What Causes Rapid Shallow Breathing?

Older woman with COPD getting lungs checked in clinician office.

Anyone can experience rapid shallow breathing, also known as tachypnea. Tachypnea is not a medical condition; instead, it is your body’s natural response to a lack of oxygen or too much carbon dioxide in the bloodstream.¹

Tachypnea Definition

Consider a person’s average breathing rate to understand tachypnea and how it affects your breathing ability. Adults at rest have a breathing rate (or respiratory rate) of 12 to 25 breaths per minute.² 

Anything below the average is considered abnormal breathing. As mentioned, tachypnea is a response to low oxygen. It signals to the body that you need more air, thus increasing the rate at which you breathe. 

Causes of Tachypnea

Rapid shallow breathing may result from the following events or activities:

Four causes of tachypnea

  • Running 
  • Intense physical activity
  • Stress or anxiety (i.e., panic attack)
  • Allergic reaction³

Although tachypnea does not necessarily mean you have an underlying condition that affects your ability to breathe, certain conditions can also trigger this response, including:

  • Asthma
  • Chronic Obstructive Pulmonary Disease (COPD)
  • Diabetic ketoacidosis
  • Sepsis4

Tachypnea and COPD

COPD is a chronic lung condition that constricts our ability to breathe, preventing us from receiving sufficient oxygen. This condition can also reduce our ability to exhale carbon dioxide sufficiently, thereby increasing its presence in the blood and leading to another condition known as hypercapnia.5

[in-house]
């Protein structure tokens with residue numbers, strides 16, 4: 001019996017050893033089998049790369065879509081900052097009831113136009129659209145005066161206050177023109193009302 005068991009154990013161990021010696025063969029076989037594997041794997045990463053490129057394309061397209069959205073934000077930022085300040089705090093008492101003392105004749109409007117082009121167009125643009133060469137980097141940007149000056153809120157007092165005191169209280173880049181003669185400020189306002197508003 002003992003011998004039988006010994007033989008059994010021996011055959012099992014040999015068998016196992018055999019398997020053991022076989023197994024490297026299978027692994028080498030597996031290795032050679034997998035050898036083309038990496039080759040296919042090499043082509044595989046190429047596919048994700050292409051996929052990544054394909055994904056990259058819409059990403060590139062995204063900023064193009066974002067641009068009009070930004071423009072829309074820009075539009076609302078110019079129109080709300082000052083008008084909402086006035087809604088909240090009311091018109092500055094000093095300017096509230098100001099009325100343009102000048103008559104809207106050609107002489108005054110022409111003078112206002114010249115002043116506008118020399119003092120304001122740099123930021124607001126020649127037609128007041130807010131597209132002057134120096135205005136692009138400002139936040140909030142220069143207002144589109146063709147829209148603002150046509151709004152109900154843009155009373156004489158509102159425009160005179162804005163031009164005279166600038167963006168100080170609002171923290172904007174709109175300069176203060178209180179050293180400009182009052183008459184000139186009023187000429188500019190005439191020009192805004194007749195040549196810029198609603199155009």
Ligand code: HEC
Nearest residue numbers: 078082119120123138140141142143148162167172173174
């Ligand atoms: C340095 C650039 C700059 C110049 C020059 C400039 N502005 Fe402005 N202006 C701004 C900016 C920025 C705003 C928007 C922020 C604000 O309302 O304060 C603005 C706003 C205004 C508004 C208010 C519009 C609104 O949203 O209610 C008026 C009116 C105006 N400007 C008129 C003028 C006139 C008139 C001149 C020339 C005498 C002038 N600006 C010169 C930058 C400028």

Hypercapnia may cause other COPD symptoms to worsen, such as fatigue and shortness of breath.6 

Tachypnea vs. Shortness of Breath

If you or a loved one lives with COPD, you may wonder if tachypnea is the same as shortness of breath (or breathlessness), a common symptom of COPD and other chronic lung conditions like bronchiectasis.

Tachypnea differs from breathlessness since it increases the body’s respiratory rate, causing you to inhale and exhale breaths rapidly. As a result, your breaths are shallow vs. deep, meaning you inhale and exhale shorter breaths. 

Breathlessness is typically associated with conditions affecting the heart or lungs. For example, patients may experience the sensation of chest tightening or airway obstruction. As a result, they feel they cannot get sufficient air into their lungs to take a deep breath or that they cannot catch their breath.7 

With shortness of breath, breathing is not rapid but feels labored.8

Is Tachypnea Serious?

Tachypnea and shortness of breath can both occur during and after physical activity. However, if you are resting and experience breathing difficulty for no apparent reason, you’ll want to talk to your clinician, especially if it lasts longer than a few days.

Your clinician may recommend  a series of pulmonary function tests and/or a CT (computerized tomography) scan to check for signs of an underlying condition triggering this response.